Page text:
In a Search for Options, North Korea Turns to Russia

MIN READApr 24, 2019 | 22:28 GMT

North Korean leader Kim Jong Un (2R) listens to Primorsky Gov. Oleg Kozhemyako (R) upon arrival at the railway station in Vladivostok on April 24, 2019. By hosting Kim, Russia has shown that it might still play a major role in North Korea's future.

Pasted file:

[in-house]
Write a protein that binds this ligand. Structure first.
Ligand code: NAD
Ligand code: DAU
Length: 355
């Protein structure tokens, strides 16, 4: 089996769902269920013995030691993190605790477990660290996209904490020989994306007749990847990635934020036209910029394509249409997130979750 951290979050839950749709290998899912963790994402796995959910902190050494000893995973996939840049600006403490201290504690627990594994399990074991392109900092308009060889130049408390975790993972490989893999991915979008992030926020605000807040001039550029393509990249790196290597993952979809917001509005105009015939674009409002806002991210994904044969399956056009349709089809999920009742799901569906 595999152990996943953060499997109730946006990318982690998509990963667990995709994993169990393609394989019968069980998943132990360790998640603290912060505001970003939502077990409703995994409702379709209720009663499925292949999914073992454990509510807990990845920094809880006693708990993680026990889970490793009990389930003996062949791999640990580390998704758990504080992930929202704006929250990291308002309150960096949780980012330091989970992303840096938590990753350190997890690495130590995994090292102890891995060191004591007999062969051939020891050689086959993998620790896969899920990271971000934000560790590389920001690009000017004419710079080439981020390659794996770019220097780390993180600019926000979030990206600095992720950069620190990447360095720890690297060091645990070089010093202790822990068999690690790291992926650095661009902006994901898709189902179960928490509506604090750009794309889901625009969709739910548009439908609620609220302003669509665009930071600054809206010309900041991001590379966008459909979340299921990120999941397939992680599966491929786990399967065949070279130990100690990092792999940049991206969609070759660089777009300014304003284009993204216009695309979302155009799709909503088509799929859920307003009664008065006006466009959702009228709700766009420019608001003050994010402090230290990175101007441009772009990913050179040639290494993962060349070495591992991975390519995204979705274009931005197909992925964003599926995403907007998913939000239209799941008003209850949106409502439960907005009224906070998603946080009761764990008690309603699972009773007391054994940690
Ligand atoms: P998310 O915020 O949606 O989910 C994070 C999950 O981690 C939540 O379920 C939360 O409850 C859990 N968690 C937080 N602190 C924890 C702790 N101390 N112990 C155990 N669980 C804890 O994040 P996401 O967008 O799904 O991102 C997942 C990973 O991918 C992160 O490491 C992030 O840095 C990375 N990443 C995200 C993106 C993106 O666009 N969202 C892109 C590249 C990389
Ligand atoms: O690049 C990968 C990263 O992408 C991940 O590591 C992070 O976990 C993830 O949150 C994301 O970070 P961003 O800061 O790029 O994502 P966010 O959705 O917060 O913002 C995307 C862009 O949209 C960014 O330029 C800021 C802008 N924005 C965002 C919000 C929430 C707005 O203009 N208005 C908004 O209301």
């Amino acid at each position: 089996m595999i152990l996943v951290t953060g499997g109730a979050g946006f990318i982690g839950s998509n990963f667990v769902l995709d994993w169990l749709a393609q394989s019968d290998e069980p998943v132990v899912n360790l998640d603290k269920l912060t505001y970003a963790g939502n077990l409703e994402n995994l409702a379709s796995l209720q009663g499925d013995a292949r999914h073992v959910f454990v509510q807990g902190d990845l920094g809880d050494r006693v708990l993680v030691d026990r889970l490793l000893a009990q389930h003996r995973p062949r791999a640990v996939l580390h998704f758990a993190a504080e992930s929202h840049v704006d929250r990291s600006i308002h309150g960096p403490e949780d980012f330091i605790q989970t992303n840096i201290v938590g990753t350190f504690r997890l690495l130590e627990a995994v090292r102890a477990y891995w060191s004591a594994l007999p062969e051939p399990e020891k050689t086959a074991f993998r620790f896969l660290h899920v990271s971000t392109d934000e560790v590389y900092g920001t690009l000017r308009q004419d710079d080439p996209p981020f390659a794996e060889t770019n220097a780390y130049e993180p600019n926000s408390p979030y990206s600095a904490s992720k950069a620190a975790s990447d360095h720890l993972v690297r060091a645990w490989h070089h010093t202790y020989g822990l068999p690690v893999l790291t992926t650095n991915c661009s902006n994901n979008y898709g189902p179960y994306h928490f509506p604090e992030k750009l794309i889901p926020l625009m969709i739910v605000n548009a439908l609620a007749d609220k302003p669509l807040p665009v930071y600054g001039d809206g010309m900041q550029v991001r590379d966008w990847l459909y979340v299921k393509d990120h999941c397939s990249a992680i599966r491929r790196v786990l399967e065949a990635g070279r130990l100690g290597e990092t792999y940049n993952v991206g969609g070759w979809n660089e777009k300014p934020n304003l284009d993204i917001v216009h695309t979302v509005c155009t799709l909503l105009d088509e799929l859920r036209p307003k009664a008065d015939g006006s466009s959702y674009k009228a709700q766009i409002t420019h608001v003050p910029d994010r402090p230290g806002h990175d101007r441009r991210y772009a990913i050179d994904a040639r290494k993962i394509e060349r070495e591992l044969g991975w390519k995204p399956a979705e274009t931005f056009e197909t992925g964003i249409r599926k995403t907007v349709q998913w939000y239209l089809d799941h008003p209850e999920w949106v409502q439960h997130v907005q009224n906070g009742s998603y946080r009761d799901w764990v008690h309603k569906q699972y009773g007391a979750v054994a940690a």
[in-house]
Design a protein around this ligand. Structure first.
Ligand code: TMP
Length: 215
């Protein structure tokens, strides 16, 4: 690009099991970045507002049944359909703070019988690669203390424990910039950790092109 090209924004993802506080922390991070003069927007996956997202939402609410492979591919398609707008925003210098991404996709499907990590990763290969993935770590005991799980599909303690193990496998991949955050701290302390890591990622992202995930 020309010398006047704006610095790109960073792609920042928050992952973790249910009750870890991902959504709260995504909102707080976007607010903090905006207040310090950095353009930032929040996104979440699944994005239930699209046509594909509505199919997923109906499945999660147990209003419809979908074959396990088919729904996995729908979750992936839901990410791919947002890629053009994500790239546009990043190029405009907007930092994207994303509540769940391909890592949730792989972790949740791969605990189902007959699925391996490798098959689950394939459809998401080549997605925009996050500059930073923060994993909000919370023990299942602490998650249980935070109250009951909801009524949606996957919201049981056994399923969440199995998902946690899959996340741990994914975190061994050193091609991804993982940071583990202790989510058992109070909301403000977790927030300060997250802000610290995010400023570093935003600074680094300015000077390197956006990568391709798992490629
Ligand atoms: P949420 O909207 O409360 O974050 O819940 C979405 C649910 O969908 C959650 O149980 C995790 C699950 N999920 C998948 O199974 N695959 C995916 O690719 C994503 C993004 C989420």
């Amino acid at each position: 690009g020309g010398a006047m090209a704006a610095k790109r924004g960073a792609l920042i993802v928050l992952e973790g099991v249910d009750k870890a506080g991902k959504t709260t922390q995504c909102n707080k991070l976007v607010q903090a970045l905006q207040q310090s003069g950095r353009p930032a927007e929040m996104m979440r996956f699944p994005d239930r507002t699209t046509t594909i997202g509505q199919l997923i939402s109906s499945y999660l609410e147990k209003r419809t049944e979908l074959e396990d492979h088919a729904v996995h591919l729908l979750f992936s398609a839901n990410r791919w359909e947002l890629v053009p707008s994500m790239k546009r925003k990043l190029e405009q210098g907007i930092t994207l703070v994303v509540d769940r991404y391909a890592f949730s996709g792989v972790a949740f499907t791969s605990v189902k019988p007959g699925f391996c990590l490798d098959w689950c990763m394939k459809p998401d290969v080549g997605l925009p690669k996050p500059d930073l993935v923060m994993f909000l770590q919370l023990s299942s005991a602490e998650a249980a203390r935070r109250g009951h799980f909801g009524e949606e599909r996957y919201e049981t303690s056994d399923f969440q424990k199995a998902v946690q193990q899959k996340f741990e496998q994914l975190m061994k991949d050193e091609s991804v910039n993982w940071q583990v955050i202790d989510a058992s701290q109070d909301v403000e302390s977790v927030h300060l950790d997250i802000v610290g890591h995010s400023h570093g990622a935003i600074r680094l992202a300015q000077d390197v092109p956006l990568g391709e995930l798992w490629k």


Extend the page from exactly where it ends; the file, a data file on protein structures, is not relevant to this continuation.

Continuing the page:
With relations between the United States and North Korea still in disarray after an abrupt ending to their recent summit in Hanoi, North Korean leader Kim Jong Un is reaching out to another partner: Russia. On April 25, Kim will hold his first summit with Russian President Vladimir Putin. The Putin-Kim summit is finally going ahead after a serious of delays, during which time North Korea's leader conducted high-profile regional trips to South Korea and elsewhere. Thanks to its decadeslong ties with North Korea, Russia has become both an economic and diplomatic lifeline for the oft-embattled regime, even if Beijing long ago supplanted Moscow as Pyongyang's major ally. While sanctions against North Korea, as well as Russia's economic malaise, will limit what Moscow can tangibly provide to Pyongyang, the Vladivostok summit will highlight the host's role as a potential counterbalance to both China and the United States and a possible...

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